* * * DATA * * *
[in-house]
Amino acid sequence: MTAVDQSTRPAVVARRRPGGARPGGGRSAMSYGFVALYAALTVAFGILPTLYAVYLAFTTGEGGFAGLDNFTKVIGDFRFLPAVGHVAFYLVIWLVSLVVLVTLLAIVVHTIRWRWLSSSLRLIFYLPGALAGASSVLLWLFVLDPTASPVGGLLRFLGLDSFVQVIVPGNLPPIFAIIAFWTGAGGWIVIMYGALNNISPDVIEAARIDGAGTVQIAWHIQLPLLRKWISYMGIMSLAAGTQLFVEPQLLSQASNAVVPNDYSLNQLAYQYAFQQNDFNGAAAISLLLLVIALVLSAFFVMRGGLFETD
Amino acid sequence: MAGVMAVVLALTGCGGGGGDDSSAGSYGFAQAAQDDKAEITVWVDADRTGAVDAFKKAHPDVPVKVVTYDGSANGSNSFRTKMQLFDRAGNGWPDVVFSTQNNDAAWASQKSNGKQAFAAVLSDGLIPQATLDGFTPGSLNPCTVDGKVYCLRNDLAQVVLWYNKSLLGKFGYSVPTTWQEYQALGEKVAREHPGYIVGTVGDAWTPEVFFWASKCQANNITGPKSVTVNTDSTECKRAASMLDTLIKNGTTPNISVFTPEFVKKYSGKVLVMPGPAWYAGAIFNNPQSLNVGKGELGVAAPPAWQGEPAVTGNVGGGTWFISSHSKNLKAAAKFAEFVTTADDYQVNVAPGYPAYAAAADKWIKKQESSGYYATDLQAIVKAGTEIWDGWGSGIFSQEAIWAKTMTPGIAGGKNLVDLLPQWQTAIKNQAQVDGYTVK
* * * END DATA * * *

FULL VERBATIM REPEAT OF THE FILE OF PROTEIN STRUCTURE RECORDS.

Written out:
[in-house]
Amino acid sequence: MTAVDQSTRPAVVARRRPGGARPGGGRSAMSYGFVALYAALTVAFGILPTLYAVYLAFTTGEGGFAGLDNFTKVIGDFRFLPAVGHVAFYLVIWLVSLVVLVTLLAIVVHTIRWRWLSSSLRLIFYLPGALAGASSVLLWLFVLDPTASPVGGLLRFLGLDSFVQVIVPGNLPPIFAIIAFWTGAGGWIVIMYGALNNISPDVIEAARIDGAGTVQIAWHIQLPLLRKWISYMGIMSLAAGTQLFVEPQLLSQASNAVVPNDYSLNQLAYQYAFQQNDFNGAAAISLLLLVIALVLSAFFVMRGGLFETD
Amino acid sequence: MAGVMAVVLALTGCGGGGGDDSSAGSYGFAQAAQDDKAEITVWVDADRTGAVDAFKKAHPDVPVKVVTYDGSANGSNSFRTKMQLFDRAGNGWPDVVFSTQNNDAAWASQKSNGKQAFAAVLSDGLIPQATLDGFTPGSLNPCTVDGKVYCLRNDLAQVVLWYNKSLLGKFGYSVPTTWQEYQALGEKVAREHPGYIVGTVGDAWTPEVFFWASKCQANNITGPKSVTVNTDSTECKRAASMLDTLIKNGTTPNISVFTPEFVKKYSGKVLVMPGPAWYAGAIFNNPQSLNVGKGELGVAAPPAWQGEPAVTGNVGGGTWFISSHSKNLKAAAKFAEFVTTADDYQVNVAPGYPAYAAAADKWIKKQESSGYYATDLQAIVKAGTEIWDGWGSGIFSQEAIWAKTMTPGIAGGKNLVDLLPQWQTAIKNQAQVDGYTVK